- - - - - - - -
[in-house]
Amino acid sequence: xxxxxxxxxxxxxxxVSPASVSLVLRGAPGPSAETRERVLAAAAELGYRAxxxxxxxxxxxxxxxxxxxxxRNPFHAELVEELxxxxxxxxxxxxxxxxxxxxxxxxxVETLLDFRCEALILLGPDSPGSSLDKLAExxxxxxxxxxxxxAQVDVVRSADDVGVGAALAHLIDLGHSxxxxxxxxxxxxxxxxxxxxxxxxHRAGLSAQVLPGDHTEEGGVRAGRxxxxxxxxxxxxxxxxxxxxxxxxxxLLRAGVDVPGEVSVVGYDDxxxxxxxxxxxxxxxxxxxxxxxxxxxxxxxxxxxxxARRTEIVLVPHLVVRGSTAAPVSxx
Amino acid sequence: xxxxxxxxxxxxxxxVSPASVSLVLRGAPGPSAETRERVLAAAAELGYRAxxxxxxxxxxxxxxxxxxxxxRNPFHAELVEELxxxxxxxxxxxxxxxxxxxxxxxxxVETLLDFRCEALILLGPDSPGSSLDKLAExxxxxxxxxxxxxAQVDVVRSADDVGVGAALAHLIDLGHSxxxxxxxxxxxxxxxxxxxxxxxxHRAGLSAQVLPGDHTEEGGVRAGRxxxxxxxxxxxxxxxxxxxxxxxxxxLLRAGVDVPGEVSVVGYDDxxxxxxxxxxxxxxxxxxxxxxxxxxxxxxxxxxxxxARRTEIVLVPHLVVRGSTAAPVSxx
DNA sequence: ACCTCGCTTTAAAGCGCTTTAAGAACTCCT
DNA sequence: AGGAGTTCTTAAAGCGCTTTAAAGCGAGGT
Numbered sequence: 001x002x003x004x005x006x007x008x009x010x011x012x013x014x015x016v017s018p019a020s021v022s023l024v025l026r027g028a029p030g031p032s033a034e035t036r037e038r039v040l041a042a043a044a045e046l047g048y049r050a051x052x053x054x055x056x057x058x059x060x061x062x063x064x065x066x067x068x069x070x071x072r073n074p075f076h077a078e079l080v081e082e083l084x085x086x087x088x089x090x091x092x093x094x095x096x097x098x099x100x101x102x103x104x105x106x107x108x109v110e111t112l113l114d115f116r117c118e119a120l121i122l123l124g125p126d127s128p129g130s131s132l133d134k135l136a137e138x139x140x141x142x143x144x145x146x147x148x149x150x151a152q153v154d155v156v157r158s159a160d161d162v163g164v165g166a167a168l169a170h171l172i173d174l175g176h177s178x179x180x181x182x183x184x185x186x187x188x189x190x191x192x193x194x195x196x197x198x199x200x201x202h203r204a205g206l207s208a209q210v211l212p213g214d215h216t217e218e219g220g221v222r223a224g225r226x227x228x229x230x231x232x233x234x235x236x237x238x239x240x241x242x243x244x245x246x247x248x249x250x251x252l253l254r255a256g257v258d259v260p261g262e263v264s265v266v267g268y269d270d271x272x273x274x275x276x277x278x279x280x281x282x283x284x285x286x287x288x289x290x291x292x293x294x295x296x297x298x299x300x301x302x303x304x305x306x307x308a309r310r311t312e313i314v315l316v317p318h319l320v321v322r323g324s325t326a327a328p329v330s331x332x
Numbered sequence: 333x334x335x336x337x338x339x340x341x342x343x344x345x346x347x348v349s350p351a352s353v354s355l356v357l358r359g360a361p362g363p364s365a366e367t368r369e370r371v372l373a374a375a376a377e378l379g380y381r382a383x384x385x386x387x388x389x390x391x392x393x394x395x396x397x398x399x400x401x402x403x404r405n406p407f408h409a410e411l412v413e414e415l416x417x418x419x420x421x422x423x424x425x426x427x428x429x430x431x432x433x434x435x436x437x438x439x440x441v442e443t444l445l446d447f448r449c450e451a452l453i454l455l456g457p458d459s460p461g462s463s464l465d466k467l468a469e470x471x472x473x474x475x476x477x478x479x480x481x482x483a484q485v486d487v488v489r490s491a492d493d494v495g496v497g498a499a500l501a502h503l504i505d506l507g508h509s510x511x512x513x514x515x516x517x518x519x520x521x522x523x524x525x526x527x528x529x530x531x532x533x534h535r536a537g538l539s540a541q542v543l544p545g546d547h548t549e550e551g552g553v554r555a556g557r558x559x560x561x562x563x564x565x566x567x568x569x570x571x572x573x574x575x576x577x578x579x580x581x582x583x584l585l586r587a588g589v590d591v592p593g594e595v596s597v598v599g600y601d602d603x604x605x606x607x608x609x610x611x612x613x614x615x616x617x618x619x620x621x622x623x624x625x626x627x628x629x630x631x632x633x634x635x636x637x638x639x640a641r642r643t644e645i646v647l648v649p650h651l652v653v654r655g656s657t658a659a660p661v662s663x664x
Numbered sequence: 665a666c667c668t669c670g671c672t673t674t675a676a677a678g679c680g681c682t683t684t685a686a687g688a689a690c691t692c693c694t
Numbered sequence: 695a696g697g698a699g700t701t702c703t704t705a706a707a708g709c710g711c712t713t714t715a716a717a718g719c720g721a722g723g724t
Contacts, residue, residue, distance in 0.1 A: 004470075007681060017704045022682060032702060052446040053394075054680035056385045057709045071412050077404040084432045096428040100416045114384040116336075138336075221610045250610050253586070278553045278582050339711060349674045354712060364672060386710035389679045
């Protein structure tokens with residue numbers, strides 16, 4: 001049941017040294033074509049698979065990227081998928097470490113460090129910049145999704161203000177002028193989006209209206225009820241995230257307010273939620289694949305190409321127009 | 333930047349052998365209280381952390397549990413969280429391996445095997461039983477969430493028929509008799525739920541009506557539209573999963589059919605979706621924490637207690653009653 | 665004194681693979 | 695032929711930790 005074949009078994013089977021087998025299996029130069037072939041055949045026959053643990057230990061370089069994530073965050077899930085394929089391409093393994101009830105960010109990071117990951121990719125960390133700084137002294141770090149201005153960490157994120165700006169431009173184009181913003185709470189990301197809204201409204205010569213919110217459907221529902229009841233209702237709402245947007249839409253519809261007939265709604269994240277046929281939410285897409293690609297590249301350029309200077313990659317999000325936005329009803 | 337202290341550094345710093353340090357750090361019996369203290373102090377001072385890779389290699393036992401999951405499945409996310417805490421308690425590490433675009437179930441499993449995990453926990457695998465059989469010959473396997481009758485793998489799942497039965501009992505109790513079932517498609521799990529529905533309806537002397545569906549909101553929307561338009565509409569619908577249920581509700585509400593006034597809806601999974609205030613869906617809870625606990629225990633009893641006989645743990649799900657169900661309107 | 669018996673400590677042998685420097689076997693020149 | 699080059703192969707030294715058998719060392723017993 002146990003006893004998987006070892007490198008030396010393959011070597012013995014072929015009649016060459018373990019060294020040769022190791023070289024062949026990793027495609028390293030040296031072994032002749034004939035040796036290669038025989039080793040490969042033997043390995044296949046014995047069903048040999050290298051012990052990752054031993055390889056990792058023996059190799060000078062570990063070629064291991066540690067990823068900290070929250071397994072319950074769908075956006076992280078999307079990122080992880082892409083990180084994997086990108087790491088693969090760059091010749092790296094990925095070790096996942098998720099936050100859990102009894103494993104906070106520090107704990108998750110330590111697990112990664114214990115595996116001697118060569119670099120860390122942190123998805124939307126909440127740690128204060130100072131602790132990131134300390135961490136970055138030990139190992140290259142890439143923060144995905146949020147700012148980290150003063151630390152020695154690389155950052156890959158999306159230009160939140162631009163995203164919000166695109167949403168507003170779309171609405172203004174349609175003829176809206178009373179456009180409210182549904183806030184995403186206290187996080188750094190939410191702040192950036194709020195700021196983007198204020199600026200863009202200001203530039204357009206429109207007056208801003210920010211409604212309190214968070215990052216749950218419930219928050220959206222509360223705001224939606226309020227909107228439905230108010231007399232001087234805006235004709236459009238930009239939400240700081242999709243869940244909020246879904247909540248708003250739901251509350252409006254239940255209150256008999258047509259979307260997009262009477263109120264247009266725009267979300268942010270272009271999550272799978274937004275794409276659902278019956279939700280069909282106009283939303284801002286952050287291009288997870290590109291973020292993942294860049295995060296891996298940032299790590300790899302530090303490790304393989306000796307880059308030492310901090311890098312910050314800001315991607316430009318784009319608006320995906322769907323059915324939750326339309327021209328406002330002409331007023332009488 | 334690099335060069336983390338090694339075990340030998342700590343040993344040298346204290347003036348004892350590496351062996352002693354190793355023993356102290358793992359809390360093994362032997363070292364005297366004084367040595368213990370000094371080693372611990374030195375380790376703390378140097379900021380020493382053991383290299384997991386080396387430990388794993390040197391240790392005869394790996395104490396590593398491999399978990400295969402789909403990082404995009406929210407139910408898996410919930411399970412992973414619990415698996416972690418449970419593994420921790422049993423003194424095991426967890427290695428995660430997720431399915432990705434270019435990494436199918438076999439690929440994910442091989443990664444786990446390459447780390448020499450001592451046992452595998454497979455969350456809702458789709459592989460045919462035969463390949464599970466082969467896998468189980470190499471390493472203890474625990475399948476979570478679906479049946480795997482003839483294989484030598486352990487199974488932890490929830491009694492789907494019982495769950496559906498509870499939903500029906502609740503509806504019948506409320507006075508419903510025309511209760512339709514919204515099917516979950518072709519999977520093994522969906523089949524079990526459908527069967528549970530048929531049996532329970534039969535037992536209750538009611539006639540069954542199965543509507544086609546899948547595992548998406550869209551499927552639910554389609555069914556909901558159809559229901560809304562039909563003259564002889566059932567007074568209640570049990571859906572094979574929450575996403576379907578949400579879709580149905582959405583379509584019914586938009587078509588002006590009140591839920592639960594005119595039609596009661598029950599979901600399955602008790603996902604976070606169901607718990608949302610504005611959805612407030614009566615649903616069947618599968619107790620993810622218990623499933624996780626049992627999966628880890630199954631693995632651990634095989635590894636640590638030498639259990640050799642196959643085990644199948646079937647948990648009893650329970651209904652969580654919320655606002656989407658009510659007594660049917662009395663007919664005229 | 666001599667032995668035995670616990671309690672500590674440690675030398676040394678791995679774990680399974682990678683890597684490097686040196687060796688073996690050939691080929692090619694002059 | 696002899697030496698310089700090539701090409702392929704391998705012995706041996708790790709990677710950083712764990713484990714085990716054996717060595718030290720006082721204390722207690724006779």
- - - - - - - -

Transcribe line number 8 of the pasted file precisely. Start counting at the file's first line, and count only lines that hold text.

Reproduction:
Numbered sequence: 665a666c667c668t669c670g671c672t673t674t675a676a677a678g679c680g681c682t683t684t685a686a687g688a689a690c691t692c693c694t